46. (y = 2 − (x + 2) − frac{7}{2}(x + 2)^{2} − frac{43}{6}(x + 2)^{3} − frac{203}{24} (x + 2)^{4} − frac{167}{30} (x + 2)^{5} + ldots)

47. (y = 2 − x − x^{2} + frac{7}{6} x^{3} − x^{4} + frac{89}{120} x^{5} + ldots)

48. (y = 1 + frac{3}{2} (x − 1)^{2} + frac{1}{6} (x − 1)^{3} − frac{1}{8} (x − 1)^{5} + ldots)

49. (y = 1 − 2(x − 3) + frac{1}{2}(x − 3)^{2} − frac{1}{6}(x − 3)^{3} + frac{1}{4}(x − 3)^{4} − frac{1}{6}(x − 3)^{5} + ldots)

## The Stacks project

Definition 7.3.1 . Let $mathcal$ be a category, and let $varphi : mathcal o mathcal$ be a map of presheaves of sets.

We say that $varphi$ is injective if for every object $U$ of $mathcal$ the map $varphi _ U : mathcal(U) o mathcal(U)$ is injective.

We say that $varphi$ is surjective if for every object $U$ of $mathcal$ the map $varphi _ U : mathcal(U) o mathcal(U)$ is surjective.

Lemma 7.3.2 . The injective (resp. surjective) maps defined above are exactly the monomorphisms (resp. epimorphisms) of $extit(mathcal)$. A map is an isomorphism if and only if it is both injective and surjective.

Proof. We shall show that $varphi : mathcal o mathcal$ is injective if and only if it is a monomorphism of $extit(mathcal)$. Indeed, the “only if” direction is straightforward, so let us show the “if” direction. Assume that $varphi$ is a monomorphism. Let $U in mathop> olimits (mathcal)$ we need to show that $varphi _ U$ is injective. So let $a, b in mathcal(U)$ be such that $varphi _ U (a) = varphi _ U (b)$ we need to check that $a = b$. Under the isomorphism (7.2.1.1), the elements $a$ and $b$ of $mathcal(U)$ correspond to two natural transformations $a', b' in mathop> olimits _< extit(mathcal)>(h_ U, mathcal)$. Similarly, under the analogous isomorphism $mathop> olimits _< extit(mathcal)>(h_ U, mathcal) = mathcal(U)$, the two equal elements $varphi _ U (a)$ and $varphi _ U (b)$ of $mathcal(U)$ correspond to the two natural transformations $varphi circ a', varphi circ b' in mathop> olimits _< extit(mathcal)>(h_ U, mathcal)$, which therefore must also be equal. So $varphi circ a' = varphi circ b'$, and thus $a' = b'$ (since $varphi$ is monic), whence $a = b$. This finishes (1).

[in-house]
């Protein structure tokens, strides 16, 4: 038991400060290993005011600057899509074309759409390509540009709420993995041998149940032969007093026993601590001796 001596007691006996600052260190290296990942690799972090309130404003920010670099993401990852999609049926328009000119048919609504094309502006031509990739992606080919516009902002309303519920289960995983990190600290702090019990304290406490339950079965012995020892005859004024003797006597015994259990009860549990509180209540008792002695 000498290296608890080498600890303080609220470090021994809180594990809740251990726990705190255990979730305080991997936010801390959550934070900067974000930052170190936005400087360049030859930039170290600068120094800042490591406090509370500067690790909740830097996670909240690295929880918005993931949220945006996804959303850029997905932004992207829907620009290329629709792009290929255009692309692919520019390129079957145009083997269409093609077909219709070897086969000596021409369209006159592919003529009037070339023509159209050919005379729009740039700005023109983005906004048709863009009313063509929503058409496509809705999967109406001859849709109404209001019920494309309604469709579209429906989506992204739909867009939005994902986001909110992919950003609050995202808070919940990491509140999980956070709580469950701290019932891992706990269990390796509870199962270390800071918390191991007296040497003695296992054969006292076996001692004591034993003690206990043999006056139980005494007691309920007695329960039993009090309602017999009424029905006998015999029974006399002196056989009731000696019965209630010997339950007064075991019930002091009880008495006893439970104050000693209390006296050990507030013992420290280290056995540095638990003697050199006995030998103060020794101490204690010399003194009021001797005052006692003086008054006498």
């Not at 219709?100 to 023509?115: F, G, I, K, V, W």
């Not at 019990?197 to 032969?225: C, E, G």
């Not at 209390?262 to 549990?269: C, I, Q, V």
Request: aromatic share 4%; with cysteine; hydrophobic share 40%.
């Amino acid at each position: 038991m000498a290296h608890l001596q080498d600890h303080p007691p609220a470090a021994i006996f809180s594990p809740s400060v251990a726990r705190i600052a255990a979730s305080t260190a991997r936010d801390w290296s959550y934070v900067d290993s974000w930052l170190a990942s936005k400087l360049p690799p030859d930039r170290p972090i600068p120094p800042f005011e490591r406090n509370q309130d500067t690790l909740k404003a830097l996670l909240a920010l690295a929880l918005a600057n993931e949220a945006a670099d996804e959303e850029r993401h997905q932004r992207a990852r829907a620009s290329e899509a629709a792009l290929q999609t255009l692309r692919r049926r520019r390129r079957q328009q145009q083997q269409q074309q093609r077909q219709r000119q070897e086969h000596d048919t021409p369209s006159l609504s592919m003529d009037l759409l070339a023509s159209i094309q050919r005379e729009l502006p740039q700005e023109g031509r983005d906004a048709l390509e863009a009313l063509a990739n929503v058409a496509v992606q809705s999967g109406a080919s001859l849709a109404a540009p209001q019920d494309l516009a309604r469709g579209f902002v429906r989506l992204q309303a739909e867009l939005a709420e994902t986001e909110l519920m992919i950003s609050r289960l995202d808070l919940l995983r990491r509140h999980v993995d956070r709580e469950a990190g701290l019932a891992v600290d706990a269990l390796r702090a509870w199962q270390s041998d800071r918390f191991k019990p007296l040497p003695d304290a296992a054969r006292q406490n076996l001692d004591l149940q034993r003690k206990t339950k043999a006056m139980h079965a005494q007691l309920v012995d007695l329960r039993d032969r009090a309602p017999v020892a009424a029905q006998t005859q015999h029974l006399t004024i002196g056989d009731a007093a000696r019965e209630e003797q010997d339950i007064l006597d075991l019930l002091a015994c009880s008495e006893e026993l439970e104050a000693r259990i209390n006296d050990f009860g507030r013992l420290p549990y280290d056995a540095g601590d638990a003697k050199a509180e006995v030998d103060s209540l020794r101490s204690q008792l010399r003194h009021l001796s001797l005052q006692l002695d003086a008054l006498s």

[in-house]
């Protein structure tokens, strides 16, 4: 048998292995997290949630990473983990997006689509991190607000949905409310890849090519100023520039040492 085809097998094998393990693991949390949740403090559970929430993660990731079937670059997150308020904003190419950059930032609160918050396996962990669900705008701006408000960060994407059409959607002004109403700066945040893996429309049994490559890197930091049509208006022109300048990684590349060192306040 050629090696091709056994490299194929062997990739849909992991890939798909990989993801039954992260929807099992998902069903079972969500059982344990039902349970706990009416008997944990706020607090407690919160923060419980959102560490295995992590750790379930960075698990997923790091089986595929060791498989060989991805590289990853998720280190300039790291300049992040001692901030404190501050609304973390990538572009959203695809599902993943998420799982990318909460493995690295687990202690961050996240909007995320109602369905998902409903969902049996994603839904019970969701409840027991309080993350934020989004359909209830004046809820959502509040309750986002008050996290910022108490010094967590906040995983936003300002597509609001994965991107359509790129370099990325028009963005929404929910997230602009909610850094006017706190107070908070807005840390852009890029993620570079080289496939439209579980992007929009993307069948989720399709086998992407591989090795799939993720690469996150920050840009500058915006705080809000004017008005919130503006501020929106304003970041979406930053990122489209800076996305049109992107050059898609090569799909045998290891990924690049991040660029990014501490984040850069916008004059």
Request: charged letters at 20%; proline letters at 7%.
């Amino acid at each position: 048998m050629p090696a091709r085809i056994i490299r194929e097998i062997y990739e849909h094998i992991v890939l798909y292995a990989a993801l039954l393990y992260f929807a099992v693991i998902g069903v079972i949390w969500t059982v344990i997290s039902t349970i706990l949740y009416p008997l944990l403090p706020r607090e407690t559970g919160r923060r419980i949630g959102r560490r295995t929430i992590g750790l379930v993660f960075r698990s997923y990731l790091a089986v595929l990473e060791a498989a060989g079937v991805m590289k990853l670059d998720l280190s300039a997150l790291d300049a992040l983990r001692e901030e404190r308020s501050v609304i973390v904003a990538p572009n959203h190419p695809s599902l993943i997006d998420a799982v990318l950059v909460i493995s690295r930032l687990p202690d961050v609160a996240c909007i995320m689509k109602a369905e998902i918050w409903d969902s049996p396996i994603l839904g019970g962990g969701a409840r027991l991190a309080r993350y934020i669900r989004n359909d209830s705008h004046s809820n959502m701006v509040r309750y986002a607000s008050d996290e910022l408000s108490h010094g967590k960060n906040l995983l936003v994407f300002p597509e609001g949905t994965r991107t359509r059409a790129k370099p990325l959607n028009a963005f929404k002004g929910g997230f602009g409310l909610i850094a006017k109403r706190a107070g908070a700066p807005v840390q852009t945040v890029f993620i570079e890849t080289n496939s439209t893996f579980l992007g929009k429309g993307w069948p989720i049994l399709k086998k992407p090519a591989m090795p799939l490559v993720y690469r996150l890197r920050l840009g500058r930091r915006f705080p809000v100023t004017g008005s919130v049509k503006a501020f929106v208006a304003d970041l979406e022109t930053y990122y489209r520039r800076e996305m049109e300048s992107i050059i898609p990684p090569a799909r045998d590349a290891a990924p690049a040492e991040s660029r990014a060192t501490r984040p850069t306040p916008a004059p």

We shall show that $varphi : mathcal o mathcal$ is surjective if and only if it is an epimorphism of $extit(mathcal)$. Indeed, the “only if” direction is straightforward, so let us show the “if” direction. Assume that $varphi$ is an epimorphism.